Sunday, 16 September 2012

Just Married, Please Excuse

Just Married, Please Excuse, Yashodhara Lal


Yashodhara Lal has did a stunning job when it came to writing her debut novel, Its simple, its sensitive and its sensible. The plot of the story can not be disclosed as I will be called a 'spoiler' but the essence of the story is this, the life of an average couple in the midst of the modern Indian urban cacophony.


The novel brings out the the collisions between tradition and modernism, the urge to be secure and independent and above all a desire to fit in. The story duly highlights the various emotional upheavals and the various tantrums of a modern marriage and the conscious effort that was needed to make it work every time it threatened to fall apart. As with most couples 'falling apart' seems to be central theme that the story revolves around. Incipiently the protagonist gives away the impression that the marriage in question is destined for the abyss and  chapter after chapter seems to be strengthening this conception. 


The story can never be called a classic or even for that matter an exceptional piece of literature, but I doubt that was ever the authors intention was either. The truthfulness and the simplicity of the story as it moves from city to city and from people to more people remains largely the same. The story though some what predictive is nevertheless very engaging and is a looking glass into the life and times of the modern Indian household. The story is engaging, indulgent and stunningly simple, there are now wild goose chases, no extravagant stunts and certainly not flamboyant turning of odds. Everything is laid down neatly by Mrs Lal in a simple and straight forward narrative.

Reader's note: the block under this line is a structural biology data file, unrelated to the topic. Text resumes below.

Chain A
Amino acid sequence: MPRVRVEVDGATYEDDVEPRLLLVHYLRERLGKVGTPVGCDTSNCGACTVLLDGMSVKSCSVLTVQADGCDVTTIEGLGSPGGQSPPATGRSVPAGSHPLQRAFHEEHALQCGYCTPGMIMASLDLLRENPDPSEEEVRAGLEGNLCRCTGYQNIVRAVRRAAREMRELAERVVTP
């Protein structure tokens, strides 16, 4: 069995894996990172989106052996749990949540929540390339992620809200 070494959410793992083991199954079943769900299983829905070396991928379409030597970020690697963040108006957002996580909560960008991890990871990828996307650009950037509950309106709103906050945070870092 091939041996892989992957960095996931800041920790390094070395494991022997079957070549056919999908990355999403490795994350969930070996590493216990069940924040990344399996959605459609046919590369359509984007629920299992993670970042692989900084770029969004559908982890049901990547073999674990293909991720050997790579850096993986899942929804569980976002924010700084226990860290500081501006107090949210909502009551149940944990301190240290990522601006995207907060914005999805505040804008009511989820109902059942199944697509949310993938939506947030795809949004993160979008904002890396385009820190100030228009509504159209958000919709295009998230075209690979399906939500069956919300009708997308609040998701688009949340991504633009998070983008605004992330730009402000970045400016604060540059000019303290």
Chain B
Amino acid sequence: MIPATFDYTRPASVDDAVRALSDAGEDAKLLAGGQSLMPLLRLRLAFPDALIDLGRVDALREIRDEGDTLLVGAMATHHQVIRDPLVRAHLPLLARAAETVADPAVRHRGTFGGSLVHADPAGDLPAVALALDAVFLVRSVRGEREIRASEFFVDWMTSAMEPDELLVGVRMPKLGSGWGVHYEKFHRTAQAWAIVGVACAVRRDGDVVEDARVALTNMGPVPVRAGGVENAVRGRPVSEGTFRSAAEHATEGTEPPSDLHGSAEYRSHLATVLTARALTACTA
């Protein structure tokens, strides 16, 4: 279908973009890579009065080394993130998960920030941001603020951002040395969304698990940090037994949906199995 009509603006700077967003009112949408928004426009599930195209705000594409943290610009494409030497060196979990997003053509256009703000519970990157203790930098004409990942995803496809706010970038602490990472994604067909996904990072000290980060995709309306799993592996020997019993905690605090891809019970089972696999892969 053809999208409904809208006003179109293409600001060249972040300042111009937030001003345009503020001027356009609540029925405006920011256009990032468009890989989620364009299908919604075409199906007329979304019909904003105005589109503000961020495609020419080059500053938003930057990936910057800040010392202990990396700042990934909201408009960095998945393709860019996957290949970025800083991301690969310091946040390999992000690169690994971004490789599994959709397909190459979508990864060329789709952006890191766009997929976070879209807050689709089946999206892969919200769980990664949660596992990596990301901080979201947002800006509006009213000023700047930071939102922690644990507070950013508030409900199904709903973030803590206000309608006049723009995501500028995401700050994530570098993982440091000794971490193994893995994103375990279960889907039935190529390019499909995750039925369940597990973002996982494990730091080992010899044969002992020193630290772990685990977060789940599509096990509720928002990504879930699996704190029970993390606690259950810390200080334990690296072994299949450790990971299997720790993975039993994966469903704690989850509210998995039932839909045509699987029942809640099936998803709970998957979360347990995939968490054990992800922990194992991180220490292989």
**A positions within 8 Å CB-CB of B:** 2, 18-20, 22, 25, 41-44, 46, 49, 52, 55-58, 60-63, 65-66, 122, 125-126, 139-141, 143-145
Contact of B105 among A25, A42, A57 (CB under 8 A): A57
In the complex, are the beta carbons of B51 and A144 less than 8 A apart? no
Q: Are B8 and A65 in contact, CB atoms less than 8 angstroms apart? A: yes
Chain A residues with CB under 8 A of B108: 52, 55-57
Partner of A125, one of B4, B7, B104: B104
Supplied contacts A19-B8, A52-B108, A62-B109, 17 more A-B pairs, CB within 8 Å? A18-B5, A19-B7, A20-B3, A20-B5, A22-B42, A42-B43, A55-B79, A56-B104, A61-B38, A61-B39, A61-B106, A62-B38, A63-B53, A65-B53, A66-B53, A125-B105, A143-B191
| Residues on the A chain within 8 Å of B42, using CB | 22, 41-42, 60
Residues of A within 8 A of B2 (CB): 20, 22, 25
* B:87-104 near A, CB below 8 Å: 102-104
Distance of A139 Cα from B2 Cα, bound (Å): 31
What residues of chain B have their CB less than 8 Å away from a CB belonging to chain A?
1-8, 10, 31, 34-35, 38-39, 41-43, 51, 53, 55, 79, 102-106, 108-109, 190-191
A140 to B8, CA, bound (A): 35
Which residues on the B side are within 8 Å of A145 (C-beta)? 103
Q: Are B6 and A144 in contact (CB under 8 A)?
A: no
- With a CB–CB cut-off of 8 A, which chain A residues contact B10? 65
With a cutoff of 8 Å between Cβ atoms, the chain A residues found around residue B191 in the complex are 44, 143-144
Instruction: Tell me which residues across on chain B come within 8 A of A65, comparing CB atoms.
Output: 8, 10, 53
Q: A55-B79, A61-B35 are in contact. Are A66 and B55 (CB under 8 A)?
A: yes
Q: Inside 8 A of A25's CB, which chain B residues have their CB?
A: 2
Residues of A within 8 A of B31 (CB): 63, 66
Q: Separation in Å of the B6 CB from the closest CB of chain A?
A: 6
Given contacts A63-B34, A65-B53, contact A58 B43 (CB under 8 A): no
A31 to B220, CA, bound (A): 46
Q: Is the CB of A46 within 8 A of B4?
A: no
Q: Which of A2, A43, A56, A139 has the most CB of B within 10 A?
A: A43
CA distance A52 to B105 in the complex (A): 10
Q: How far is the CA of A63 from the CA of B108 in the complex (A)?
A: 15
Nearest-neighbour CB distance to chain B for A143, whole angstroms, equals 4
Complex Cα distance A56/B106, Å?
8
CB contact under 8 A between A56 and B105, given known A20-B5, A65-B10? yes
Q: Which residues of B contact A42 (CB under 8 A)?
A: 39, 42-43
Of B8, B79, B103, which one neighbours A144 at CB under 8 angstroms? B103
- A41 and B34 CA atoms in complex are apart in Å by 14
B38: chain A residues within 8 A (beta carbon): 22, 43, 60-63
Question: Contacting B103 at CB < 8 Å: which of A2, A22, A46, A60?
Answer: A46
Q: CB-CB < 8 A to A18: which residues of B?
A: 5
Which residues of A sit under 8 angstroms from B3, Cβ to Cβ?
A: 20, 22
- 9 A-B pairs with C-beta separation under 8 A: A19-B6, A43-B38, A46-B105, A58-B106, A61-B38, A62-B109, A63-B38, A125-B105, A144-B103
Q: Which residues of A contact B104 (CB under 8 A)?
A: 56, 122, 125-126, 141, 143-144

Just Married, Please Excuse is no Shakespeare or Dickens but that being said it is not a Mills and boons either. It is a sensitive and simple story that has been narrated with utmost honesty and love. The areas where it will score in a readers heart can be easily enumerated as its simplicity and its innate ability to be related to the lives of people that you and I know in abundance. In short it is a story about any metro-sexual modern couple out there in India's several metropolises.